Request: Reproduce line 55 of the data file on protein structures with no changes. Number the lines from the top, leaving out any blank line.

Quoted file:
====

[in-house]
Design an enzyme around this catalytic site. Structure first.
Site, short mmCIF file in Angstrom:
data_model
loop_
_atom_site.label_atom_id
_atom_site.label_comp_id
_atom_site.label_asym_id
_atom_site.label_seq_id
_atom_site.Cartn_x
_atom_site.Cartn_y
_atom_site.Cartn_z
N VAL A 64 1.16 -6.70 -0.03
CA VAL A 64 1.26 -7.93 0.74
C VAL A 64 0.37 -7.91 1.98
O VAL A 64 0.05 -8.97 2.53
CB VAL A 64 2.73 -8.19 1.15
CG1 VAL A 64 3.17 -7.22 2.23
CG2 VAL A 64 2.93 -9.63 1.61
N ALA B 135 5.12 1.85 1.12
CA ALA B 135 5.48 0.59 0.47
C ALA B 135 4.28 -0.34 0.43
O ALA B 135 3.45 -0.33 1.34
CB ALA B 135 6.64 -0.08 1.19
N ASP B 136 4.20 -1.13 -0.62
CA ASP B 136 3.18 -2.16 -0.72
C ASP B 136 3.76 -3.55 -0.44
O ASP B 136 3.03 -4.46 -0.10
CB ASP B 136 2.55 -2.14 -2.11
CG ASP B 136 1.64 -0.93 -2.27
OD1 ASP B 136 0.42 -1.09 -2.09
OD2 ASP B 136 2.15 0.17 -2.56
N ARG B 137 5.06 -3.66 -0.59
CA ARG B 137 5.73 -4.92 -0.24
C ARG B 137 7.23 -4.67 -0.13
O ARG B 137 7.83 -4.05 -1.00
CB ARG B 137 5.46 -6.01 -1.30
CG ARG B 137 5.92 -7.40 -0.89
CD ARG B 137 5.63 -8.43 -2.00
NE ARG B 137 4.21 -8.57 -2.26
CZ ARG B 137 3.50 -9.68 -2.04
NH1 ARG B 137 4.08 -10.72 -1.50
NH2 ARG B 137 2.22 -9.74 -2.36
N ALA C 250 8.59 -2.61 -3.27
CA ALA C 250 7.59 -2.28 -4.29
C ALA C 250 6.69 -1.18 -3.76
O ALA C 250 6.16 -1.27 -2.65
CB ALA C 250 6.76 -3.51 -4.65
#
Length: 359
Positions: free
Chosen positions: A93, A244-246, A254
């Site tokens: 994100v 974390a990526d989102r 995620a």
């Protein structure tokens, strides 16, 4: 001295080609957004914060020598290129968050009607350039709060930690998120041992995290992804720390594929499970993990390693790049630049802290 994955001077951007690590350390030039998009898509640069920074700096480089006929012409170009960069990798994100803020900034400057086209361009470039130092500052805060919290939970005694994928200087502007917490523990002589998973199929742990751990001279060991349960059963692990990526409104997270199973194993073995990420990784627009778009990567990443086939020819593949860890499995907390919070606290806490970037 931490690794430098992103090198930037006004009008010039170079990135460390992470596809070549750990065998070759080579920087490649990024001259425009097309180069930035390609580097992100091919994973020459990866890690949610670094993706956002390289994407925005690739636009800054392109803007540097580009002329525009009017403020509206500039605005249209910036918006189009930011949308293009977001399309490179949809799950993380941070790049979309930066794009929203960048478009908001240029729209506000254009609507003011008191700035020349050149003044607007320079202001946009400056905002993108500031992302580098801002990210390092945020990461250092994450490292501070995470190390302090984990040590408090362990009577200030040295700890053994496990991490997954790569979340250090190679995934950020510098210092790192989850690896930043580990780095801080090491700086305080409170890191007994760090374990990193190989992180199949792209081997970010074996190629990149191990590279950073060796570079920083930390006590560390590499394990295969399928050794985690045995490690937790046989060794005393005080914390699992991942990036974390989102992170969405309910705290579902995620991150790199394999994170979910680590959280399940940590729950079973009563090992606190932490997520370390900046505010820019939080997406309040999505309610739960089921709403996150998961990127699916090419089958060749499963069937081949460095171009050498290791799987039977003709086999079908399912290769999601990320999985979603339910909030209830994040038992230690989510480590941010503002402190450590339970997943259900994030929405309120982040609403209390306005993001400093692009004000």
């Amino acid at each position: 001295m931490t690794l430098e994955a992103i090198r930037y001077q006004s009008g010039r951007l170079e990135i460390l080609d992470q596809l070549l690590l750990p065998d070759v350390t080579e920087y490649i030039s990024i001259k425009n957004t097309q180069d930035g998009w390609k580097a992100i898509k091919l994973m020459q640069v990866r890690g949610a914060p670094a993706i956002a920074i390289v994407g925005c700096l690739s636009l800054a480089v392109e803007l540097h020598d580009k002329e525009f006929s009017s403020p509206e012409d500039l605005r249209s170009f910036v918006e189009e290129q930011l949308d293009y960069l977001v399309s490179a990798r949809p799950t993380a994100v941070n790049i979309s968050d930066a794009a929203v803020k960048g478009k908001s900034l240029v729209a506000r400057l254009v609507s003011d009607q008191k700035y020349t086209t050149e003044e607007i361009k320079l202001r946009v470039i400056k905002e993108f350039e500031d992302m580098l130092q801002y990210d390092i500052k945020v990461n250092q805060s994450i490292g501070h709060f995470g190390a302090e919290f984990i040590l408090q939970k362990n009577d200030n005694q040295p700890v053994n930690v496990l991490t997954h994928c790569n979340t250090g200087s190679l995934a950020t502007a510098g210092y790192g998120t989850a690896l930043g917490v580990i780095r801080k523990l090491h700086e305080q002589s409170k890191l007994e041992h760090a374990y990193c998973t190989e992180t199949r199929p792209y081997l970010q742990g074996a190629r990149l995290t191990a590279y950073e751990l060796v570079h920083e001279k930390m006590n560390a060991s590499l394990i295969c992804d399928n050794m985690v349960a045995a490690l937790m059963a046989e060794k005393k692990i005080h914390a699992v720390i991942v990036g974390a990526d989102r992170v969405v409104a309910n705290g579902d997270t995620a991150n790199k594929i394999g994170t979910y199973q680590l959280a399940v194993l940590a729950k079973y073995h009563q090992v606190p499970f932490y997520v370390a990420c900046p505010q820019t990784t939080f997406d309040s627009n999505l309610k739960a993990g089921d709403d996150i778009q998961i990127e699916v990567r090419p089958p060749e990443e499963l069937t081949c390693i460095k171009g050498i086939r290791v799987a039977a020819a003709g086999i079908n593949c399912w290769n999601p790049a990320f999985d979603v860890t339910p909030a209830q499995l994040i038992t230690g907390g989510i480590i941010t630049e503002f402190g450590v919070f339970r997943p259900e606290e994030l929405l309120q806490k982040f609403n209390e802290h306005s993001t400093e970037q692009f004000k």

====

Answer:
């Amino acid at each position: 001295m931490t690794l430098e994955a992103i090198r930037y001077q006004s009008g010039r951007l170079e990135i460390l080609d992470q596809l070549l690590l750990p065998d070759v350390t080579e920087y490649i030039s990024i001259k425009n957004t097309q180069d930035g998009w390609k580097a992100i898509k091919l994973m020459q640069v990866r890690g949610a914060p670094a993706i956002a920074i390289v994407g925005c700096l690739s636009l800054a480089v392109e803007l540097h020598d580009k002329e525009f006929s009017s403020p509206e012409d500039l605005r249209s170009f910036v918006e189009e290129q930011l949308d293009y960069l977001v399309s490179a990798r949809p799950t993380a994100v941070n790049i979309s968050d930066a794009a929203v803020k960048g478009k908001s900034l240029v729209a506000r400057l254009v609507s003011d009607q008191k700035y020349t086209t050149e003044e607007i361009k320079l202001r946009v470039i400056k905002e993108f350039e500031d992302m580098l130092q801002y990210d390092i500052k945020v990461n250092q805060s994450i490292g501070h709060f995470g190390a302090e919290f984990i040590l408090q939970k362990n009577d200030n005694q040295p700890v053994n930690v496990l991490t997954h994928c790569n979340t250090g200087s190679l995934a950020t502007a510098g210092y790192g998120t989850a690896l930043g917490v580990i780095r801080k523990l090491h700086e305080q002589s409170k890191l007994e041992h760090a374990y990193c998973t190989e992180t199949r199929p792209y081997l970010q742990g074996a190629r990149l995290t191990a590279y950073e751990l060796v570079h920083e001279k930390m006590n560390a060991s590499l394990i295969c992804d399928n050794m985690v349960a045995a490690l937790m059963a046989e060794k005393k692990i005080h914390a699992v720390i991942v990036g974390a990526d989102r992170v969405v409104a309910n705290g579902d997270t995620a991150n790199k594929i394999g994170t979910y199973q680590l959280a399940v194993l940590a729950k079973y073995h009563q090992v606190p499970f932490y997520v370390a990420c900046p505010q820019t990784t939080f997406d309040s627009n999505l309610k739960a993990g089921d709403d996150i778009q998961i990127e699916v990567r090419p089958p060749e990443e499963l069937t081949c390693i460095k171009g050498i086939r290791v799987a039977a020819a003709g086999i079908n593949c399912w290769n999601p790049a990320f999985d979603v860890t339910p909030a209830q499995l994040i038992t230690g907390g989510i480590i941010t630049e503002f402190g450590v919070f339970r997943p259900e606290e994030l929405l309120q806490k982040f609403n209390e802290h306005s993001t400093e970037q692009f004000k």